In the lost perspectives department, White House Communications Director Dan Pfeiffer confirmed to New York Times reporter Brain Stelter late Sunday that the White House believes the Tweeting public helped push Congress toward a debt ceiling agreement.
The conversation, which also occurred via Twitter, was first reported by Mashable.com
The White House asked President Obama's Twitter followers to Tweet their congressmen on Friday as part of a campaign to pressure House Republicans to agree to a deal to raise the limit on federal borrowing.
Friday's post did not carry the "--BO" tag indicating it was written by the president himself.
It's worth repeating the results of a recent study by the Pew Internet and American Life Project, which found that only 2 percent of adult Americans used Twitter to engage in politics -- at least as of the 2010 midterm campaigns -- and that only 8 percent of adult American Internet users are on the social media site at all.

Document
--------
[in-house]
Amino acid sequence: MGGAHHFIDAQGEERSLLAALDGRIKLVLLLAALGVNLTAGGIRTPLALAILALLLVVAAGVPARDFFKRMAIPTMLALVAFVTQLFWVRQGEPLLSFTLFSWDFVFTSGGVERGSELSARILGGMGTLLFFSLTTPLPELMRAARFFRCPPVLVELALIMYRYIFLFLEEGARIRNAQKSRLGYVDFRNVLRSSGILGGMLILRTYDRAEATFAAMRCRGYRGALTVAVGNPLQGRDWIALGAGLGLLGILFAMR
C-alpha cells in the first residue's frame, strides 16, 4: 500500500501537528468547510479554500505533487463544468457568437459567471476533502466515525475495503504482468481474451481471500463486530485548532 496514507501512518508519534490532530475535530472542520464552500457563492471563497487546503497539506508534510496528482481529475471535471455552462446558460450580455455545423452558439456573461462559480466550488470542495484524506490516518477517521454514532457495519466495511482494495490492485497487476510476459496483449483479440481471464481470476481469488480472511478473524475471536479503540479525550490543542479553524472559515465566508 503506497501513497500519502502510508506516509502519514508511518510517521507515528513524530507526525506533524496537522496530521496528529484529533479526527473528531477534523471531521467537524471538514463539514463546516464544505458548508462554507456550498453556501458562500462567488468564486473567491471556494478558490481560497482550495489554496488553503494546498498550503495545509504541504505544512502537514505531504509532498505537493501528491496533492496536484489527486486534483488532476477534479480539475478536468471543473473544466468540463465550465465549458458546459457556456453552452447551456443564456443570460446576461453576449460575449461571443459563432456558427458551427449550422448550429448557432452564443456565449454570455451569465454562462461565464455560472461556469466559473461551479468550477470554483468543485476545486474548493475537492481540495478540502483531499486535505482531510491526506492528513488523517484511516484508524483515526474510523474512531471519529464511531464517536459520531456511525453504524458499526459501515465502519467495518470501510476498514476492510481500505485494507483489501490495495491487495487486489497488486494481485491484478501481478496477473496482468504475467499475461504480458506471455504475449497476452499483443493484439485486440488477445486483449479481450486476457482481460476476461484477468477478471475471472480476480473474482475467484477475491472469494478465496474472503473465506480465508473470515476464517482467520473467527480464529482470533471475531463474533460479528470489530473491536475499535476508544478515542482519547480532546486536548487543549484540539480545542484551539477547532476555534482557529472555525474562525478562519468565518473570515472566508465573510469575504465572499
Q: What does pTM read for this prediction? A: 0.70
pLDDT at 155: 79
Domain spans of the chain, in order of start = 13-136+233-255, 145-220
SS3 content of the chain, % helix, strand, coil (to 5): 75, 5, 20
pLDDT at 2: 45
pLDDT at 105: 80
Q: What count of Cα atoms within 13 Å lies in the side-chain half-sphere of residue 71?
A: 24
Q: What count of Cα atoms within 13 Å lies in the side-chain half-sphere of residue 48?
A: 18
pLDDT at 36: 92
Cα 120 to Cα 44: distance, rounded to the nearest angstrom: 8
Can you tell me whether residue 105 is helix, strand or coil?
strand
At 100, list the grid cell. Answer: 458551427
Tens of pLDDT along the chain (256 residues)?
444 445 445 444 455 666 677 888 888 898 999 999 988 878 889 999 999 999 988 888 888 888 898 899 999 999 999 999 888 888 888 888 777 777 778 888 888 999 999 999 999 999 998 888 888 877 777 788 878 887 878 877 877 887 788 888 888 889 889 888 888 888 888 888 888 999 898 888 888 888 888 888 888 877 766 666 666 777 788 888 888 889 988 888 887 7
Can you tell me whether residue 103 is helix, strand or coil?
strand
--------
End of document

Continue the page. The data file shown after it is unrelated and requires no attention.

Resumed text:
A rush of Tweets can be a siren song for some elected officials who mistake it for the actual voice of their constituency. Whether the White House is right or wrong in its assertion, it's a bad sign when the mania reaches either end of Pennsylvania Avenue.
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